Windsor

          Sarah and Tom quickly rose and snapped into action, tugging on one rope and pulling on another. They shot a blast of air into the balloon, then let some out, trying to balance its position and move away from the storm. With the hole temporarily patched, the balloon drifted along and slowly descended.

          Tom peered over the basket and saw a vacant meadow with a gigantic structure sitting in the middle.

          “We should aim for that clearing over there,” he suggested.

          “What is it?” asked Sarah, squinting her eyes.

          Hainsworth looked out. “That, my dear, is Windsor Castle.”

     “M-maybe that

          isn’t such a good place to land,” she cautioned.

          “We don’t have a choice,” said Tom impatiently. “It’s there or nowhere.”

          “But we’ll be arrested.”

          “Don’t worry. It’ll be fine,” said Hainsworth evenly. “It’s time I pay a visit to an old friend.”

          All three worked feverishly to control the descent as the balloon swiftly skimmed the tree-tops and headed up the “Long Walk,” a lengthy pathway leading directly to Windsor Castle.

          The oldest inhabited royal residence in Britain, Windsor Castle represents the pinnacle of majesty. First built in 1070 by William the Conqueror, the original wooden structure was replaced with greyish stone and improved over the centuries. Perched high on a hill and illuminated by lights, it stood as an enormous fortified structure with thirty-foot walls and fifty-foot rectangular towers.

          The balloon scraped over the grass and skidded to a stop on the Royal Mews, right next to the main entrance. Tom and Sarah each grabbed a stake and quickly jumped out, firmly securing the balloon.

Situated in

the town of Windsor, Berkshire, Windsor Castle was originally built by William the Conqueror following the Norman conquest of 1066. Since Henry I (1110-1135), it is the longest continuously occupied palace in Europe. Originally designed to protect Norman dominance around the outskirts of London, Windsor Castle was built as a motte-and-bailey, which was gradually replaced with stone fortifications. Henry III (1216-1272) built a luxurious royal palace within the castle, and Edward III (1313-1377) rebuilt the palace to create an even grander castle that became one of the most expensive building projects in England during the Middle Ages. Edward’s core design lasted through the Tudor period, during which Henry VIII (1509-1547) and Elizabeth I (1558-1603) used the castle as a royal court and center for diplomatic entertainment. Windsor Castle survived the English Civil War, when it was used as a military headquarters for Parliamentary forces and a prison for Charles I (1600-1649). During the 18th century, George III and George IV renovated and rebuilt Charles II’s palace at colossal expense, producing the current design of the State Apartments, full of Rococo, Gothic and Baroque furnishings. Queen Victoria (1819-1901) made a few minor changes, which became the center for royal entertainment for much of her reign.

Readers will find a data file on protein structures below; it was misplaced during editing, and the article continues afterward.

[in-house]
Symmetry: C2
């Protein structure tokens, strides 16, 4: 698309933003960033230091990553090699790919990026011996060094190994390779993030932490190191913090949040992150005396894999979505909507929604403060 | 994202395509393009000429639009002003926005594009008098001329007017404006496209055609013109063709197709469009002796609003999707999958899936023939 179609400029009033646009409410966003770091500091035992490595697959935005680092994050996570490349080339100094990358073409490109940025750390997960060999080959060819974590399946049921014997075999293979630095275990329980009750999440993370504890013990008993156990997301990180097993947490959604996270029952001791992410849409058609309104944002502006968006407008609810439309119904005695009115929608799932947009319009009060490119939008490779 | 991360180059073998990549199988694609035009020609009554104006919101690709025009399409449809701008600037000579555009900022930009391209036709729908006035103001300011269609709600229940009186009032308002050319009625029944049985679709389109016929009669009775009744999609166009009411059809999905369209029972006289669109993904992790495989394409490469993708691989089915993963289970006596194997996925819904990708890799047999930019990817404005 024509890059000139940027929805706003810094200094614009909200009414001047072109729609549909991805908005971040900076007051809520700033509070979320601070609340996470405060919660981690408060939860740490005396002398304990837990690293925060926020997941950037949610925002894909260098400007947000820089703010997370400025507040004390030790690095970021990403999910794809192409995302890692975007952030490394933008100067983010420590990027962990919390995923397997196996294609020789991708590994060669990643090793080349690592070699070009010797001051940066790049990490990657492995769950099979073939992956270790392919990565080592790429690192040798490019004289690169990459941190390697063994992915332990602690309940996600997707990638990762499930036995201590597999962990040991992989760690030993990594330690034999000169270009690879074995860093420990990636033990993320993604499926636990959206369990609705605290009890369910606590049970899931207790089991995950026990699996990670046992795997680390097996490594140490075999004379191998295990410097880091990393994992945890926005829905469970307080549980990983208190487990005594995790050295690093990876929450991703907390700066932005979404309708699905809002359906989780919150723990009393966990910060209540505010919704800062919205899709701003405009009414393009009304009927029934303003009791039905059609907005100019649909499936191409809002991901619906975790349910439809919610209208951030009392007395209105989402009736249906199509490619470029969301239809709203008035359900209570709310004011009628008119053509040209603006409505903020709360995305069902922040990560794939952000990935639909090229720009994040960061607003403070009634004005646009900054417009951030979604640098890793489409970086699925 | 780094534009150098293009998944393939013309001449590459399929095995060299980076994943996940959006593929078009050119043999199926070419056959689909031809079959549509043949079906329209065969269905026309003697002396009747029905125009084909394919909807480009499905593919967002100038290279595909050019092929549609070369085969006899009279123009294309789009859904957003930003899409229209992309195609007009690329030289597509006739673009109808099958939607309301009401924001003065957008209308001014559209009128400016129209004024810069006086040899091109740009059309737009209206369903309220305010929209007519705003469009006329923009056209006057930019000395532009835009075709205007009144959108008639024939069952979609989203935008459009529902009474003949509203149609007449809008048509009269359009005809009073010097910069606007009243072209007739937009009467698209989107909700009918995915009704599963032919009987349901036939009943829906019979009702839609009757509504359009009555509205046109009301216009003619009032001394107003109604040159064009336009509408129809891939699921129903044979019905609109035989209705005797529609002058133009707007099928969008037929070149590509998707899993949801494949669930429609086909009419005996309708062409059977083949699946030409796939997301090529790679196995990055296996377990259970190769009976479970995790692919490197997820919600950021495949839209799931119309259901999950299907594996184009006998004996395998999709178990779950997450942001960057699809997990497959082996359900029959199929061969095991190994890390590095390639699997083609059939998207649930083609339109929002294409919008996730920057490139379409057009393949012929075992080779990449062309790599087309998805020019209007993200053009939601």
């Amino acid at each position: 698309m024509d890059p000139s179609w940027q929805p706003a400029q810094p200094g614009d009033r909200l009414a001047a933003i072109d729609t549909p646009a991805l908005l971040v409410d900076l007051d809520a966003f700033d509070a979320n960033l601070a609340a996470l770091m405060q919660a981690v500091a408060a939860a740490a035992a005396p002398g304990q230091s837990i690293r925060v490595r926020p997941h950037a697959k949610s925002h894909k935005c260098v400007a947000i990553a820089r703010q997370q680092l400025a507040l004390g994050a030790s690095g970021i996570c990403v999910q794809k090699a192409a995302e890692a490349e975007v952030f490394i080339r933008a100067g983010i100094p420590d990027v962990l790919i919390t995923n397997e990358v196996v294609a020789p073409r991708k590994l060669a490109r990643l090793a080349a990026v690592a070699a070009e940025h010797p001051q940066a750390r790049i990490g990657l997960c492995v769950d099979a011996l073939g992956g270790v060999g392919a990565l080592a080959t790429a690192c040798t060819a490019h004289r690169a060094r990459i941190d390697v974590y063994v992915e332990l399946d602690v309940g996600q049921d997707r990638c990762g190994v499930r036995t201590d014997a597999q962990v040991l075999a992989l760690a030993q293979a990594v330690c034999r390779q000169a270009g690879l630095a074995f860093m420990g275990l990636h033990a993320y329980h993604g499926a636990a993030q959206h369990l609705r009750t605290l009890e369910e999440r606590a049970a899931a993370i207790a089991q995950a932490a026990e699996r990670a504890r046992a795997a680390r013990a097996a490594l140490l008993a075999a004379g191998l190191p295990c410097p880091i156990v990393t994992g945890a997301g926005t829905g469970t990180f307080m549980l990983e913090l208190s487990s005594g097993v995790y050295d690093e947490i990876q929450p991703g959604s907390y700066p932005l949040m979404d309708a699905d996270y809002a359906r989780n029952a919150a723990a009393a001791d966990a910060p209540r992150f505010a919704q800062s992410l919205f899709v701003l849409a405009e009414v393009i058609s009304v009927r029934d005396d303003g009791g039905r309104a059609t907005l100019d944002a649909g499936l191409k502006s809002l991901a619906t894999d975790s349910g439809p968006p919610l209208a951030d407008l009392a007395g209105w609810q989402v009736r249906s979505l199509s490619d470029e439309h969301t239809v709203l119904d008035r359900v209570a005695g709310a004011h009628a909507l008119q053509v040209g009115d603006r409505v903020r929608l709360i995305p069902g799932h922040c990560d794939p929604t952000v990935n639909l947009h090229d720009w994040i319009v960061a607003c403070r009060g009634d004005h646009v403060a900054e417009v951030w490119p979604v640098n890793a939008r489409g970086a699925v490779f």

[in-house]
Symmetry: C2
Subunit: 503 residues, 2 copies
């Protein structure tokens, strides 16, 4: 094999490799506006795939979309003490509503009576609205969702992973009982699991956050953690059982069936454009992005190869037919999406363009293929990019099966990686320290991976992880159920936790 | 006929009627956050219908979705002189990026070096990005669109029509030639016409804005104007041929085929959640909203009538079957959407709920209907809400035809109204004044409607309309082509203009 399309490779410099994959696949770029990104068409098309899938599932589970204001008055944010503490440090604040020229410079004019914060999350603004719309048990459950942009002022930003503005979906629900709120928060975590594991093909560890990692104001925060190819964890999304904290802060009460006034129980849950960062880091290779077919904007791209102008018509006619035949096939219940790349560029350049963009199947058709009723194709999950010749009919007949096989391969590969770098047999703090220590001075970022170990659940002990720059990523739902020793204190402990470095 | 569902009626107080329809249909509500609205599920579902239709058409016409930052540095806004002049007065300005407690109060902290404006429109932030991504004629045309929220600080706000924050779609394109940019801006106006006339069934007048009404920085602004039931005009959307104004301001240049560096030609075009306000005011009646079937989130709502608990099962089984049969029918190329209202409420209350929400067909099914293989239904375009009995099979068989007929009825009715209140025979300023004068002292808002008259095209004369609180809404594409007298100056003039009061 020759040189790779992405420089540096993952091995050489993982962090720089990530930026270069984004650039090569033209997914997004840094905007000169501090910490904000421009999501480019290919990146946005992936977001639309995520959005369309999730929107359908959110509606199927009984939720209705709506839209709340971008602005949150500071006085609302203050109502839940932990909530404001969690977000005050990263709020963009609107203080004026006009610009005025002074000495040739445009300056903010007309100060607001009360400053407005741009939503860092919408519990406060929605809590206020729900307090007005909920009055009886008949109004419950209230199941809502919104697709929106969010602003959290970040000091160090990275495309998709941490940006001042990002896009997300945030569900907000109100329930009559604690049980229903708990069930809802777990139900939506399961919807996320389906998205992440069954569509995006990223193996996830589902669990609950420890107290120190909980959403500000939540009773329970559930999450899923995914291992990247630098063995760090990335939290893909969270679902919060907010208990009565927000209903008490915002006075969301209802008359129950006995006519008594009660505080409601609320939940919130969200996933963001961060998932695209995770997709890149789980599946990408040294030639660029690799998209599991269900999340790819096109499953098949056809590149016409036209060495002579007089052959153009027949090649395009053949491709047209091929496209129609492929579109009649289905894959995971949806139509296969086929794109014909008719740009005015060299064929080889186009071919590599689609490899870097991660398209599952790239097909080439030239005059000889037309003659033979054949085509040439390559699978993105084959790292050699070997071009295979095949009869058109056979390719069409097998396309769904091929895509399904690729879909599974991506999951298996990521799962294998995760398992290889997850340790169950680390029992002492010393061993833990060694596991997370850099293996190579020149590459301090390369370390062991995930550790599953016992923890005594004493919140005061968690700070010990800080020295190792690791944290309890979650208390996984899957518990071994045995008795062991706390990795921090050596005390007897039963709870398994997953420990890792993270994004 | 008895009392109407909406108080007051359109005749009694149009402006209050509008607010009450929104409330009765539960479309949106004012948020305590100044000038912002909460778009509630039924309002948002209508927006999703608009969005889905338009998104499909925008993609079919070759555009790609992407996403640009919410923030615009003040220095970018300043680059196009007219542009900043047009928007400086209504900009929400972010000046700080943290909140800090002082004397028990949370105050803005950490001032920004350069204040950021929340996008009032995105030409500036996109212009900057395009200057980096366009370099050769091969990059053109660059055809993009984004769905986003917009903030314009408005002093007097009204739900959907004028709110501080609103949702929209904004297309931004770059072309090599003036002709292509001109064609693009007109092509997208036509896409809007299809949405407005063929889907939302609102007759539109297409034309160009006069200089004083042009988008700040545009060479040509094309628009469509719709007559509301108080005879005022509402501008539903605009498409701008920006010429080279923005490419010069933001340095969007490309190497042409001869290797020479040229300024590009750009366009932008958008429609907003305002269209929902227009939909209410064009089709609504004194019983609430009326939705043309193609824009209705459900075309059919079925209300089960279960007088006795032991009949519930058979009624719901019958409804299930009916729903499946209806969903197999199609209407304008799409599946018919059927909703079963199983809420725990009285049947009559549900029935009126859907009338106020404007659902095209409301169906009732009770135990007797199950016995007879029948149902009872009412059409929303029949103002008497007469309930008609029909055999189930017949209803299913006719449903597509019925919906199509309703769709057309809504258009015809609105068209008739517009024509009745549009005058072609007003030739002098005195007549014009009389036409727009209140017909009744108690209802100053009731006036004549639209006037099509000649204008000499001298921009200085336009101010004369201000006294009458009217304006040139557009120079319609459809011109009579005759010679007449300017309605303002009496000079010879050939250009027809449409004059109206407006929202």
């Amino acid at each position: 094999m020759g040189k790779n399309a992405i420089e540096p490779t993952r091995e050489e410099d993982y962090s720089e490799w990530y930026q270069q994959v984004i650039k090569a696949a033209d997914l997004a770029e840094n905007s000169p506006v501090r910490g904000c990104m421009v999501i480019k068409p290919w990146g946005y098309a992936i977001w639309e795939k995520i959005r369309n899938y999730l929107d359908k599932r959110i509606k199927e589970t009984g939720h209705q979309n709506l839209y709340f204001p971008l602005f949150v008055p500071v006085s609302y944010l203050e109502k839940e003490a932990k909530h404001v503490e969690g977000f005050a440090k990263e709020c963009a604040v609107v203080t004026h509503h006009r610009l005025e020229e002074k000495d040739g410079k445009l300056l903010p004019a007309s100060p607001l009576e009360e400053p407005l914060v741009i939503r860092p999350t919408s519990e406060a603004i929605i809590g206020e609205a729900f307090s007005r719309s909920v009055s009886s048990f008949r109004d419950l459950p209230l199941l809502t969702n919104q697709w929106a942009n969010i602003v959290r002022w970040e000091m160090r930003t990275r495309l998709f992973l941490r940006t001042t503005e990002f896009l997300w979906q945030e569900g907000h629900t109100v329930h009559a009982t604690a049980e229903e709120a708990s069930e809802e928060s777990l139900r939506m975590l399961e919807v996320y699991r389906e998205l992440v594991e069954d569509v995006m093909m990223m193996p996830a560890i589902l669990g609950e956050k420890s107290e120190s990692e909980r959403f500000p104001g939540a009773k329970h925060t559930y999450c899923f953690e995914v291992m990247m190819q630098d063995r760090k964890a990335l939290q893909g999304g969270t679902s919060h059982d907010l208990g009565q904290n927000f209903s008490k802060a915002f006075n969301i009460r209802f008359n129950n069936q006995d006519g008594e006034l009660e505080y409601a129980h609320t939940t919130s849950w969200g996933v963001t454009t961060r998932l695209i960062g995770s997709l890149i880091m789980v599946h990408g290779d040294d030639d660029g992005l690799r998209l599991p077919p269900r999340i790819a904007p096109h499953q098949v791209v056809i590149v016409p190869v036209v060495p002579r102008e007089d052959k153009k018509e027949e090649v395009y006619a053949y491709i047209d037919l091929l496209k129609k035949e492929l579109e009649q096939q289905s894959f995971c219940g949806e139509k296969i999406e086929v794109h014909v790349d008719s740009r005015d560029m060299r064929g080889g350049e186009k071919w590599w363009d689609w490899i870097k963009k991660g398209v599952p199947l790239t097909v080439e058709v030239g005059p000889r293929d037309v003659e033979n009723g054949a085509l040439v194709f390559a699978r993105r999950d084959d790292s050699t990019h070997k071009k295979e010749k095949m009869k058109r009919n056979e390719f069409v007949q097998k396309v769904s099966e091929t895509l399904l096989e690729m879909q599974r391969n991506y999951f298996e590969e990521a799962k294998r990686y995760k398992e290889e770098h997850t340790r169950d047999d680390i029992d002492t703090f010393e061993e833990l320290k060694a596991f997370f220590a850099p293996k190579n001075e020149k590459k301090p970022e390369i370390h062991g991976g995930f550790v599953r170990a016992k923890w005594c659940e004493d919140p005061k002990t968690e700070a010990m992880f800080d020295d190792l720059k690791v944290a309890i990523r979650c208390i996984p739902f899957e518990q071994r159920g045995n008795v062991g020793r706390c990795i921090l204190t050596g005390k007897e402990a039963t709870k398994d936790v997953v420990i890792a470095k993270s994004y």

By the time Tom and Sarah finished tightening the ropes, twenty well-armed royal guards had surrounded them: it took no more than sixty seconds from the balloon touching down to a security force being sent out. Make no mistake about these well-trained men; unlike the popular Beefeaters dressed in their colorful red and black suits and carrying long staffs, these men were wearing high-tech army gear and holding M-16 rifles. They would do anything to protect the Royals and Windsor Castle.